It was sad to say goodbye even though we’d only stayed one day. The grandfather, grandmother and son were all out to wave us goodbye as we headed from Egirdir to Pamukkale. Egirdir is a perfect spot, with a lake behind to explore, a huge mountain range in front of it and lots of old half timbered houses. The road out of Egirdir led up over the mountains towards Isparta, passing the Army base where each week they still march down the hill to Egirdir and muster in the main square.
Riding into Isparta we were struck by the colourful apartment blocks. A long row of identical apartment blocks line the road which have been painted in all different colours which give the area a really modern feel.
At Burdur we took a detour to find a cafe and check out the lake just as the rain started falling. Strangely enough even though the lake is quite large there were no lakeside cafe’s and no lakeside drives. However we found a nice cafe to take shelter from the rain and an English speaking client translated our order.
Heading out of Burdur the rain started again so we just kept our heads down and pressed on. The rain of the past few days has really turned the country green especially the young fields of wheat.
As we motored down a hill we spotted the flashing lights of a police car, causing Michele to squeeze me with her legs, giving me the slow down signal. I quickly came back to the speed limit as the car came into sight. As we approached it we discovered it was a very clever sign, designed to slow people down. Well it worked, and we were soon throttling back up to cruising speed.
As we cruised over the mountains above Denizli we saw the most beautiful sceneries. Low cloud had blanketed the whole valley below, with white fluffy clouds clinging to the hillsides. As we reached the bottom of the hill on the edge of Denizli those lovely fluffy clouds just erupted and we were caught in a deluge.
Even though there was only about 15 km’s to go I decided that it was time to get out of the rain. As soon as I spotted a restaurant I just drove straight up over the gutter and parked the bike. The restaurant was really good so we decided to have lunch and wait out the rain. By this stage the rain was hammering down and water was flooding the drains pouring into the front al fresco area of the restaurant. One of the waitresses was battling the influx with a squeegee.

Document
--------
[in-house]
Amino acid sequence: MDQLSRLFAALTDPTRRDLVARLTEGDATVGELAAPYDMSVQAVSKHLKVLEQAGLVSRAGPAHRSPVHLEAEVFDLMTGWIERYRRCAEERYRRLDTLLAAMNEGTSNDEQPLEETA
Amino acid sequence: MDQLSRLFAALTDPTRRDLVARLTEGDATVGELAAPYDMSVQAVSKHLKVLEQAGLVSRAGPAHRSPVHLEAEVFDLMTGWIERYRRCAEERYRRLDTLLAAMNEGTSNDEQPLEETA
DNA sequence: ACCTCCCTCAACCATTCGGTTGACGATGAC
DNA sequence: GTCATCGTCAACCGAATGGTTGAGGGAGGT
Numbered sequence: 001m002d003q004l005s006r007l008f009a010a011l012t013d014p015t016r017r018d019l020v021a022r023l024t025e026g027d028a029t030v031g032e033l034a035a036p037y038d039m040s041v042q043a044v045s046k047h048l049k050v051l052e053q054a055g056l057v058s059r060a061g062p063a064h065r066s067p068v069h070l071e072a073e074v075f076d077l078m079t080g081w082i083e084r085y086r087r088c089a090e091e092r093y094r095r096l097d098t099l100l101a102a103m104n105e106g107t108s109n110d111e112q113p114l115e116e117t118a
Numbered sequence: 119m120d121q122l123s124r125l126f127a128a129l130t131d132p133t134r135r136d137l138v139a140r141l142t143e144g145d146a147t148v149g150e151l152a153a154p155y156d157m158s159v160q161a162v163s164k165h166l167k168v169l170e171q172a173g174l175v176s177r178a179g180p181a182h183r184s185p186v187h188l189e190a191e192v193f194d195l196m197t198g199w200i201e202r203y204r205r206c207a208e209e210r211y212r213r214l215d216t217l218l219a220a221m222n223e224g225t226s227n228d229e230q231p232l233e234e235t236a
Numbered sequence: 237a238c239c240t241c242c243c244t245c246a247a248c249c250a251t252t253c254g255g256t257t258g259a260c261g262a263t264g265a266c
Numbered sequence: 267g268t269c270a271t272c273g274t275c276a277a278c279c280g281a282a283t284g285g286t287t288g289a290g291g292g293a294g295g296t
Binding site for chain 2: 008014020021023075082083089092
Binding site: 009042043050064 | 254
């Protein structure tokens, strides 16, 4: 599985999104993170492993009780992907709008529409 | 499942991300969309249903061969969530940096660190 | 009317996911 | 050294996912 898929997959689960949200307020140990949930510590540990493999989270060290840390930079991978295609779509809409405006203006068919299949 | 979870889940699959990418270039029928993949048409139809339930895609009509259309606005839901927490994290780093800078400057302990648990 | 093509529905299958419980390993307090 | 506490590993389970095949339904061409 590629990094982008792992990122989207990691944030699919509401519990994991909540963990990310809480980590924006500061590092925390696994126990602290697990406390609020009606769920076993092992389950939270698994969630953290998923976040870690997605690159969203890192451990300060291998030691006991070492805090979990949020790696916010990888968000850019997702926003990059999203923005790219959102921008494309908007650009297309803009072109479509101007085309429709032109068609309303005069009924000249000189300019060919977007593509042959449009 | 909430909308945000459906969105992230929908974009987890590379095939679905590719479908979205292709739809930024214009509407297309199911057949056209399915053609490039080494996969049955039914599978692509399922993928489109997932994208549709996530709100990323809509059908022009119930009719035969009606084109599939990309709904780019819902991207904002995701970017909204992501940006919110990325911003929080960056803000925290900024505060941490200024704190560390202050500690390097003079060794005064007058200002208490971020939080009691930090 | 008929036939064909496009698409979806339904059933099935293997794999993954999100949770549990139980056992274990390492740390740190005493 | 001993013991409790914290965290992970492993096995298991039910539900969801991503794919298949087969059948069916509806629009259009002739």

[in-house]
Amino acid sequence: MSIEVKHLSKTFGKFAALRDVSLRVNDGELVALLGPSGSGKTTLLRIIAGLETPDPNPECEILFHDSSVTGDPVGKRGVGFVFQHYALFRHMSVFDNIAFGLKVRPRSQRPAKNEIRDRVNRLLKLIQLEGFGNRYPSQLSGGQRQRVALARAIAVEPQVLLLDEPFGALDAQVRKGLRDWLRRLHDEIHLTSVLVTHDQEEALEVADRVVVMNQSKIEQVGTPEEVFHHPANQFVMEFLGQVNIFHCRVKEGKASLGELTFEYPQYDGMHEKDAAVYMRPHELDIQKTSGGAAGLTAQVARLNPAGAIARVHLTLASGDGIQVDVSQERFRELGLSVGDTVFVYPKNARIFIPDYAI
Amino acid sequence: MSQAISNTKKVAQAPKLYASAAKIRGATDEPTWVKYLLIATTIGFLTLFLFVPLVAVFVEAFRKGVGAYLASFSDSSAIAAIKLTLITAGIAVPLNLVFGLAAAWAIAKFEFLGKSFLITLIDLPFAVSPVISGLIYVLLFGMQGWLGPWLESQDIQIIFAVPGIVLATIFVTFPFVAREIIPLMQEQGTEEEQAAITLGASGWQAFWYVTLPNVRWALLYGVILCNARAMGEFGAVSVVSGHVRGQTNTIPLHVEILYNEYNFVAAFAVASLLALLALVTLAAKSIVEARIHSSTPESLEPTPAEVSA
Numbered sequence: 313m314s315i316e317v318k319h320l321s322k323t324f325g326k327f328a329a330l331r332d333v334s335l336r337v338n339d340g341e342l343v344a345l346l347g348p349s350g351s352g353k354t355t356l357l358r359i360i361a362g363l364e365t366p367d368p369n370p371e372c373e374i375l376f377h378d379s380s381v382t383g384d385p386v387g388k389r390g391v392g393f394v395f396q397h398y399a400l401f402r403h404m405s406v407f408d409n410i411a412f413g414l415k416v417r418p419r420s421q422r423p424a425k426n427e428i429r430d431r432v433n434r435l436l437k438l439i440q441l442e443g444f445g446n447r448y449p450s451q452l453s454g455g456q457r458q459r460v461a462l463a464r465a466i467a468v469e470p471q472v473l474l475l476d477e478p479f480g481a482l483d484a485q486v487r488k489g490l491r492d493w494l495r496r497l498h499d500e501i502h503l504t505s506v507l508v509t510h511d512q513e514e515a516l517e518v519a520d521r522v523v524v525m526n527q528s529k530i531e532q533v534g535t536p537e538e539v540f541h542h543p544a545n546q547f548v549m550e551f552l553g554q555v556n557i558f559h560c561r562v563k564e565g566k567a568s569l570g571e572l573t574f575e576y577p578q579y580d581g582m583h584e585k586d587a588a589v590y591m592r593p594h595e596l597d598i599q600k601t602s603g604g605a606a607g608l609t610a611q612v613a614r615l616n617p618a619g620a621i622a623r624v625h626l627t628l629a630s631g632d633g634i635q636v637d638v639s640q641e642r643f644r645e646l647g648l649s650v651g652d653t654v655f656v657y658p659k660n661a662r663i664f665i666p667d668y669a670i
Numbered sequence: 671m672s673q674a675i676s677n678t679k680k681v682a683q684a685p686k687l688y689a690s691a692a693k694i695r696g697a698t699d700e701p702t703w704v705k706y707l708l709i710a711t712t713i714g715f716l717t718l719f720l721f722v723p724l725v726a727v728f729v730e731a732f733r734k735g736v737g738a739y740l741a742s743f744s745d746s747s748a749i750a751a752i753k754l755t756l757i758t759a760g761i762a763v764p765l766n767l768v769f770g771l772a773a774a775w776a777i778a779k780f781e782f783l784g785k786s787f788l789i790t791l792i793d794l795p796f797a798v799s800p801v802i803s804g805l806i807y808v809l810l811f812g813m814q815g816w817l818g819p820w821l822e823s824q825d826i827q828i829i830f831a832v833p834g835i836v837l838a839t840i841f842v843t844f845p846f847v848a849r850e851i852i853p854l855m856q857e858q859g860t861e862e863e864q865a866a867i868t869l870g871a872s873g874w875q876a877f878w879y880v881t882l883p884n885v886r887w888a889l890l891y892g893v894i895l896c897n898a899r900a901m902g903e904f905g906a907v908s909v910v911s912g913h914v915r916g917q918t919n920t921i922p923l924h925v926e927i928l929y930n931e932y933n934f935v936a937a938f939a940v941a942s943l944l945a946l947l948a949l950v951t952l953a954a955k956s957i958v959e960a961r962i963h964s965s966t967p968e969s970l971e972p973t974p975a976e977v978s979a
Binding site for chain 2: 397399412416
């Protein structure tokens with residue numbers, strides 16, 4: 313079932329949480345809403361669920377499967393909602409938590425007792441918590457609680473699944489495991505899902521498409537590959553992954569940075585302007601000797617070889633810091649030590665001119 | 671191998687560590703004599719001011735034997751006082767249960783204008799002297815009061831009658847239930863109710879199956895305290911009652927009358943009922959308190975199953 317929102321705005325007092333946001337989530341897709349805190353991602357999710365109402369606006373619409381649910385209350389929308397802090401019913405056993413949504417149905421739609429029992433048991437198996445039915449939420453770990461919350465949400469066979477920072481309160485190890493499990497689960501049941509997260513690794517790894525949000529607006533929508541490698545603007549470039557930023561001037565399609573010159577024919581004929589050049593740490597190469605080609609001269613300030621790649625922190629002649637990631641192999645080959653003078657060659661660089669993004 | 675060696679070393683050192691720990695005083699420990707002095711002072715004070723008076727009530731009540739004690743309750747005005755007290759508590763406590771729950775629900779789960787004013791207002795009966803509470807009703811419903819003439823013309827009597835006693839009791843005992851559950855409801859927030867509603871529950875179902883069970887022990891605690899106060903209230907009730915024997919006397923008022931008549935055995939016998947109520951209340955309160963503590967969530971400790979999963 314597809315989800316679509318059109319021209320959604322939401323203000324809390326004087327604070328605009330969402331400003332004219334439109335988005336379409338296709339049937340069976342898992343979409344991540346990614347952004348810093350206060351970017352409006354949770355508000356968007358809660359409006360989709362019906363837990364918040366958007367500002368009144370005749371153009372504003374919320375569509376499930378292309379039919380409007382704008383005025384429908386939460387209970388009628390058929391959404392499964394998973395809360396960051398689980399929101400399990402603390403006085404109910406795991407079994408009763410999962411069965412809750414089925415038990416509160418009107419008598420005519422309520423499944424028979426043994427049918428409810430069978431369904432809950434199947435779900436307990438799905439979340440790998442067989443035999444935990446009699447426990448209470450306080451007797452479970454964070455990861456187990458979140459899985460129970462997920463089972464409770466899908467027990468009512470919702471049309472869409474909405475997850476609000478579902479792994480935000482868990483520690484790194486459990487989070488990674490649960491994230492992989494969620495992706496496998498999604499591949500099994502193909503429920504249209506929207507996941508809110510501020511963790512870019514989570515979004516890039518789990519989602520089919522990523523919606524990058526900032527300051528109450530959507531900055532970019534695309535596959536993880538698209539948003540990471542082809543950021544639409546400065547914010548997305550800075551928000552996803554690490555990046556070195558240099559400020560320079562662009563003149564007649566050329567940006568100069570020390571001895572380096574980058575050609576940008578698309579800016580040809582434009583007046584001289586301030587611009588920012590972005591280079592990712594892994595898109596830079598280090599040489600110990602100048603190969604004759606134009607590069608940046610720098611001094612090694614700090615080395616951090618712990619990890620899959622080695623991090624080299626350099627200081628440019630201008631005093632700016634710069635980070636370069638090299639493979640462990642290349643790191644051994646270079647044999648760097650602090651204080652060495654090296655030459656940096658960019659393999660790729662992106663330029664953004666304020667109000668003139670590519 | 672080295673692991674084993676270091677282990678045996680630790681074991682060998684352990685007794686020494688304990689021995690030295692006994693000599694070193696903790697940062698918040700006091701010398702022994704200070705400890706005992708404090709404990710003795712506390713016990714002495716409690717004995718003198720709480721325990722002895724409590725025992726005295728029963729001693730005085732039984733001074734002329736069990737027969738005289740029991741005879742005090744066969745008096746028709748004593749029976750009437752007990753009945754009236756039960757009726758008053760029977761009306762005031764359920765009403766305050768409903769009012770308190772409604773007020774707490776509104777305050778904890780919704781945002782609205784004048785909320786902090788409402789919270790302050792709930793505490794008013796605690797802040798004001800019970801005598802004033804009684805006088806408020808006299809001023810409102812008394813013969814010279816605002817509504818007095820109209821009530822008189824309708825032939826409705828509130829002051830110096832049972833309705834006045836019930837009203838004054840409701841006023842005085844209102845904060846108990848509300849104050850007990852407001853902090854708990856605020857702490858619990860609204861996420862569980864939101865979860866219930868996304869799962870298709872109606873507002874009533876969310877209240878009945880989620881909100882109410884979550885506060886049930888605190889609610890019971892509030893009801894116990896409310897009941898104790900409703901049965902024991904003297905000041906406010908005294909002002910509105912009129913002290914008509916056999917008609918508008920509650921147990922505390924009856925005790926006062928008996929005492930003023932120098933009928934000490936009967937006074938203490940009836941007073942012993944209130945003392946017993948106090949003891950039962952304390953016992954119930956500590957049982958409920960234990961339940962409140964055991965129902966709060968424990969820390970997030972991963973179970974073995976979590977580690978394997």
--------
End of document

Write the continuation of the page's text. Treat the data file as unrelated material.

We lingered for over an hour and as the rain eased off headed off again. Not far out of Denizli the rain stated again and by the time we reached Pamukkale it was hammering down. The owner of the hotel was expecting us and was out front waving as we approached. After parking the bike in front we dripped through reception to our room and shed our wet weather gear.
Surprisingly the weather eased off about an hour later so we took a walk up through Pamukkale. The town of Pamukkaleis known for the ruins of Hieropolis and its mineral waters. From the hill overlooking Pamukkale, water high in minerals spring from the mountain. In ancient times supposedly Cleopatra came here to bathe in the medicinal water. The spring water has transformed the hillside forming Snow White pools of calcium, called travitines and covering the whole hillside in a white crystalline covering. Honestly it looks like it’s covered in snow.
Below the hill is a lake filled with crystal clear blue water which flows from the hill. We met up with a young Aussie couple from Sydney who were backpacking around Turkey. Talking to them we realised that they really seemed focused. Like us they’d done a bit of couch surfing, and were trying to maintain a budget (although there’is a bit more regimented than ours) . They were on their way to Canada where Blue was going to play AFL for a local side. Supposedly Canada has the biggest AFL league outside of Australia which was quite surprising. We wished them good luck as we headed our separate ways.
Tomorrow we’re going to explore Hieropolis and wade in the mineral waters of the travitines.